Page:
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Dublin: 3 °C Wednesday 23 January, 2019

FG faces councillor revolt as Roscommon A&E shuts down

Two councillors quit Fine Gael over the Roscommon downgrade, as Kenny admits: Yes, I promised to keep services.

Roscommon residents protest against plans to downgrade Roscommon's A&E services last week. The A&E ward will close this morning, replaced with an urgent care unit that closes at 8pm nightly.
Roscommon residents protest against plans to downgrade Roscommon's A&E services last week. The A&E ward will close this morning, replaced with an urgent care unit that closes at 8pm nightly.
Image: Sasko Lazarov/Photocall Ireland

TWO FINE GAEL county councillors have quit the party over the decision to downgrade services at Roscommon General Hospital from this morning.

Councillors Dominick Connolly and Laurence Fallon – the two Fine Gael councillors representing the Roscommon town area where the hospital lies – have resigned over the party’s U-turn in deciding to close the hospital’s A&E ward from this morning.

From 8am today the Accident & Emergency unit will be replaced by an urgent care unit which will only operate from 8am to 8pm, with patients then required to go to other larger hospitals elsewhere in the West.

RTÉ’s Morning Ireland said the two local councillors were associated with TD Denis Naughten, who was removed from the Fine Gael parliamentary party last week after he voted against closing the Roscommon A&E unit.

This morning Connolly told that he had canvassed for the party in the last general election, backed by a written guarantee from the party’s then-health spokesman James Reilly that the hospital’s services would be not alone kept, but enhanced.

“Enda Kenny came down here on another occasion and said the same thing – that Roscommon [hospital services] had been on the agenda for 30 years, and he was going to take it off the agenda for all time.

“Why they would have done that, without checking anything like the status of junior doctors, the cost of A&E services… it seems a very amateurish way of doing it,” he said.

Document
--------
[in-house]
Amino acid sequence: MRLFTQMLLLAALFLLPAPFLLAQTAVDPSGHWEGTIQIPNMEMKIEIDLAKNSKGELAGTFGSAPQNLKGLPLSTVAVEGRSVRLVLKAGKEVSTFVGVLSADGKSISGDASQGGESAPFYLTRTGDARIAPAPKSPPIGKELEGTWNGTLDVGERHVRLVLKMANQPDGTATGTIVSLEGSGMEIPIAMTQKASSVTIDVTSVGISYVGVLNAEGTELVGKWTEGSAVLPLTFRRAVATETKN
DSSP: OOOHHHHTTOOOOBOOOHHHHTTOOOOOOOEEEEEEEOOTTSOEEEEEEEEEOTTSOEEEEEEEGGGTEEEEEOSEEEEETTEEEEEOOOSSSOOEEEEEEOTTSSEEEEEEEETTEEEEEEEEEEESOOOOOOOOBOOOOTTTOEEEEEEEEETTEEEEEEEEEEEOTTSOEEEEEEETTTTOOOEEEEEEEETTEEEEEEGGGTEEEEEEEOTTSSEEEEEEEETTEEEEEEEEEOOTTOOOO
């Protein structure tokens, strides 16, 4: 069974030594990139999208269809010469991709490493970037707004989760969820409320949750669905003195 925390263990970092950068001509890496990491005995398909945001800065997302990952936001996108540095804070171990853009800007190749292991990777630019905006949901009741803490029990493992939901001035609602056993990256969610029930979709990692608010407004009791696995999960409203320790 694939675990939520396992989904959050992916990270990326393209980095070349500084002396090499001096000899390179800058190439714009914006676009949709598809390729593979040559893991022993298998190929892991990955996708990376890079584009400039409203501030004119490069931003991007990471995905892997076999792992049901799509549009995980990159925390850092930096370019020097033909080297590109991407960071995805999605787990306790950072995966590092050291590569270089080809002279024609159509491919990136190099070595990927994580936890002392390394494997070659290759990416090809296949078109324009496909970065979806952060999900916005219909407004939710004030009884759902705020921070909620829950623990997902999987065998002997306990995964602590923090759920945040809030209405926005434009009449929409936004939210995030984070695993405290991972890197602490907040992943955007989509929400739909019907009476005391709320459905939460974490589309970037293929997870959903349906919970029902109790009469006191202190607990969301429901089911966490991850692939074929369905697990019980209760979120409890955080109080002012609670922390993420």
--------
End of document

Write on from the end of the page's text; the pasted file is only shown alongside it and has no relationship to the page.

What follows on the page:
He added that his resignation, and that of Fallon, was not likely to be reversed – and that the acid test of how the hospital issue affected Fine Gael’s support would be in how many people would offer to canvass for its presidential candidate Gay Mitchell.

Other FG councillors are also considering their membership, with Connolly saying he had spoken to a number of other members who had not yet made up their minds on staying with the party.


The political fallout from the closure is continuing, with Enda Kenny last night being forced into an embarrassing admission that he had promised to safeguard Roscommon’s services during the general election campaign.

Having told a radio interview on Saturday that he hadn’t made any personal commitments to maintain all services, the Sunday Business Post disclosed a pre-election audio recording in which the Taoiseach said:

We are committed to maintaining the services at Roscommon General Hospital.

Kenny said he had made that commitment in good faith, but that the government could not ignore the expert advice of HIQA, which said it was unsafe to provide A&E services in Roscommon and in other small hospitals.

The statement met with ire from opposition leaders, with Sinn Féin president Gerry Adams saying the volte-face was “not good enough”.

“The Taoiseach should do the decent thing – that means keeping his promise. Full accident and emergency services should be restored to Roscommon,” Adams said.

Fianna Fáil’s Micheál Martin said Kenny’s denial was “just another aspect of increasingly arrogant behaviour by the government”.

“He was the person who said repeatedly in February that he would operate to high standards and honour a bond of trust with the public. Yet every time he is challenged he refuses to be accountable,” Martin said, claiming Kenny had misled the Dáil on the matter.

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Gavan Reilly

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